Bankfurt’s falling behind
With all eyes on New York and London on the current topic of who’s the leader of the pack as the financial capital of the world, spare a thought for Frankfurt. The report Finanzplatz Frankfurt - Ein Standort bewegt sich (in German, or see this summary), which it must be noted was published some time ago in June last year, was the recent subject of review in the Financial Times and the Bahrain Tribune - the latter, admittedly, not one of my daily reads - under such headlines as ‘Frankfurt suffering’.
Frankfurt am Main, sometimes optimistically referred to as ‘Mainhattan’ or less often as ‘Bankfurt’, is compared with London and Paris in this report, which was co-authored by Landesbank Hessen-Thüringen Girozentrale (or Helaba for short) and HA Hessen Agentur GmbH, the state’s economic development agency, among others. In its comparison it covers equity markets, business education, logistics and costs.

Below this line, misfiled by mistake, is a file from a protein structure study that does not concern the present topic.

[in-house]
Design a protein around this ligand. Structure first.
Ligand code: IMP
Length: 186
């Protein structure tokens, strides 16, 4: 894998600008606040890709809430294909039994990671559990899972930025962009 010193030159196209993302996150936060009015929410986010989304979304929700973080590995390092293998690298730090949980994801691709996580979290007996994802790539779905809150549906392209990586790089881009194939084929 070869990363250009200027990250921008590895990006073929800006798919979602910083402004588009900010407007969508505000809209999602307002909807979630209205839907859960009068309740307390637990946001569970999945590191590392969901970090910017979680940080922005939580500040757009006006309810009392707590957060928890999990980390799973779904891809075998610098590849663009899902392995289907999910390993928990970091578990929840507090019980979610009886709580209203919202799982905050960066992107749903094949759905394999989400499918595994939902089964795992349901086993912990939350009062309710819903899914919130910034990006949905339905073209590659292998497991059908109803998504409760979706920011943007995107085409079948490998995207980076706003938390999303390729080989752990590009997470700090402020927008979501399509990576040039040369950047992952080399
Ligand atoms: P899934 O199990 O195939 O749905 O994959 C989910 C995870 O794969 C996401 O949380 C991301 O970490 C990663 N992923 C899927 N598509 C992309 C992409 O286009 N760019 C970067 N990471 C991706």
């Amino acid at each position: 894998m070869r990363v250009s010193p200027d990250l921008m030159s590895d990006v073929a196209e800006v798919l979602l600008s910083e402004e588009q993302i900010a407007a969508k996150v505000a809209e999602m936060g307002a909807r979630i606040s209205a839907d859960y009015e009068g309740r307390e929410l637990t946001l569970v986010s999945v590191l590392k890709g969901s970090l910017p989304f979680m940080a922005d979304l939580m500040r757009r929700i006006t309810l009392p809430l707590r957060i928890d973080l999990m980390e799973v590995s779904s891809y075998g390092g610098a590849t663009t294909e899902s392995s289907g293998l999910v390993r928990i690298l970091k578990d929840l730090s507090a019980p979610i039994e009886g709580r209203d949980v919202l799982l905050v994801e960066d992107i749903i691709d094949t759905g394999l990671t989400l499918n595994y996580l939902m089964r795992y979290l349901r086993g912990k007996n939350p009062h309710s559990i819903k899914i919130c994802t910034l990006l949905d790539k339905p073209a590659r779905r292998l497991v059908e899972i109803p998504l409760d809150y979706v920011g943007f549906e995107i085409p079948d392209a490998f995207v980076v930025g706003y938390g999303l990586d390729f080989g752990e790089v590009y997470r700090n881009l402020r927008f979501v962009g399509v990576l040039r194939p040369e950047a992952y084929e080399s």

The authors make several recommendations, including making existing legal frameworks more competitive internationally (report p.72, summary p.8) and conclude that:
[t]he British financial centre holds a position of uncontested pre-eminence in Europe. On the European continent, Frankfurt and Paris are competing for leadership. Frankfurt as a financial centre has good chances of capturing that leading position over the medium term and securing it over the long term.